Remote Sensing-Based Water Quality Parameters Retrieval Methods: A Review

  • Abebe Tesfaye Ethiopian Forestry Development
Keywords: Remote sensing, sensors, retrieval algorism, water quality indicators, water resource management
Share Article:


Water quality is a sensitive global environmental issue, as it is important for long-term economic development and environmental sustainability. It is a general descriptor of water properties in terms of physical, chemical, thermal, and/or biological characteristics. Laboratory analysis is used to measure and analyze water quality parameter, however, it is a conventional, time-consuming, and expensive approach often providing discrete data at a single point in space and time and making it difficult to characterize a larger waterbody, while remote sensing methods is a cost effective and accurate methods of water quality monitoring with a high spatial and temporal resolution for large area of waterbodies. To this end, this review focused on novel findings in the field of water quality estimation using remote sensing techniques, and the result revealed that remote sensing method has used to retrieve water quality parameters which are optically active (Chlorophyll-a, Secchi Disk depth, Water temperature, Turbidity, Total Suspended Matter, Electrical conductivity, Sea Surface Salinity and Colored Dissolved Organic Matter), and optically non active (Dissolved Oxygen, Chemical Oxygen Demand, Biochemical Oxygen Demand, Total Nitrogen, Ammonia Nitrogen and Total Phosphorus). Various properties (spectral, spatial and temporal, etc.) of the more commonly employed multi spectral and hyper spectral sensors of both satellite and non-satellite-born data sources are tabulated to be used as a sensor selection guide. Furthermore, this paper summarizes the commonly used different retrieval algorisms (analytical, empirical, and artificial intelligence/machine learning (AI/ML)) employed in evaluating and quantifying the water quality parameters. As a whole, remote sensing technology is a permissible method for water quality monitoring across the world in its spatio-temporal coverage, accuracy, and its cost effectiveness


Download data is not yet available.


Monitoring water quality (WQ) in aquatic environments is critical for the proper management of water resources to guarantee a sustainable use (Pizani1 and Maillard, 2022). It is also a means to get an insight on the dynamics of the surrounding human activities (Odermatt et al., 2008). The quality of these environments can be determined through their physical, chemical, and biological characteristics which will be addressed as WQ “parameters” (Gholizadeh et al.,2016). Water quality indicators including physical, chemical, and biological properties are traditionally determined by collecting samples from the field and then analysing the them in the laboratory. Although this in-situ measurement offers high accuracy, it is a labour intensive and time-consuming process that represent point estimations of the quality of water conditions in time and space, and obtaining spatial and temporal variations of quality indices in large water bodies is almost impossible (Pizani1 and Maillard, 2022). These limitations can in turn impact the overall data accuracy due to the inability of field measurements to capture heterogeneity of water quality measures throughout the extent of the study area as a whole (Liu et al., 2003). Moreover, conventional point sampling methods are not easily able to identify the spatial or temporal variations in water quality which is vital for comprehensive assessment and management of water bodies.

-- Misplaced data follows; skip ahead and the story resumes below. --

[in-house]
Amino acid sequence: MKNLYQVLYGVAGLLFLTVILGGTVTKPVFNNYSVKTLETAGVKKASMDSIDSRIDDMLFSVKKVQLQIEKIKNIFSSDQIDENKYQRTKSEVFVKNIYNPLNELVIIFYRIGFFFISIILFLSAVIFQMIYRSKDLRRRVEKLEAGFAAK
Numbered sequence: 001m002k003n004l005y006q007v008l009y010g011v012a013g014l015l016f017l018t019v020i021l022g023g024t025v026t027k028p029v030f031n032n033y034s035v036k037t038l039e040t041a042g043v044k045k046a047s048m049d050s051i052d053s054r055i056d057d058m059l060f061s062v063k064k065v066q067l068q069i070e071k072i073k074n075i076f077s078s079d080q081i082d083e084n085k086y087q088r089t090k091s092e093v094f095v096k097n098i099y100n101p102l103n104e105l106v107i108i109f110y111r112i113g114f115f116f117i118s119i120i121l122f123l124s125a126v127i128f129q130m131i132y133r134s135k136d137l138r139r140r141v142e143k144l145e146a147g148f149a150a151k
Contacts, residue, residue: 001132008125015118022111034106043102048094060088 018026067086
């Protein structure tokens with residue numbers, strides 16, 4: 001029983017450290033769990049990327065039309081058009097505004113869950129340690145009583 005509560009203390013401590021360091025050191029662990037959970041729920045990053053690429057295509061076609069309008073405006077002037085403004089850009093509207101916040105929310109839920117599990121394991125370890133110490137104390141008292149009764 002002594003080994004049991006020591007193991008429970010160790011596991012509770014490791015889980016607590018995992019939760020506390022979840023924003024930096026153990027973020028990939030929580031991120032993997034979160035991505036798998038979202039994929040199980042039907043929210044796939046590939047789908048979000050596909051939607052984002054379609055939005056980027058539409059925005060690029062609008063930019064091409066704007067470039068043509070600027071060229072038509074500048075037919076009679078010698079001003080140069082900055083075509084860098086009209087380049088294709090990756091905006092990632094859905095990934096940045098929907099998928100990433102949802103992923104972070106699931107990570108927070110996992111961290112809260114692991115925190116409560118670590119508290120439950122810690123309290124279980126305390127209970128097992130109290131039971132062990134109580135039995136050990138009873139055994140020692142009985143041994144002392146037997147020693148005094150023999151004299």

With advances in space science and the increasing use of computer applications and increased computing powers over recent decades, remote sensing techniques have become useful tools to achieve water quality monitoring goal. Remote sensing techniques make it possible to monitor and identify large scale regions and water bodies that suffer from qualitative problems more effectively and efficiently. Therefore, remotely sensed data can reinforce the abilities of water resources researchers and decision makers to monitor water bodies more effectively. These techniques involve the use of satellite imagery, aerial photography, and other technology to collect data about water bodies from a distance. The technique has been in used since the 1970’s and continue to be widely used in water quality assessment in the contemporary world (Giardino et al., 2014) to retrieve water quality parameters. The use of remotely sensed data has allowed for studies previously not feasible or practical due to inaccessibility of study areas. Various parameters such as chlorophyll-a concentration, water turbidity, and total suspended solids can be retrieved using satellite imagery. This is done by analysing the reflectance properties of the water surface, as different substances exhibit unique spectral signatures. Given the importance of remote sensing techniques for water quality estimation, reviewing remote sensing techniques is very critical for sustainable management of water resources. This review summarizes different data and information related to the application of remote sensing for water quality retrieval, and mainly discusses the research progress in terms of data sources and retrieval algorithms for specific water quality variables.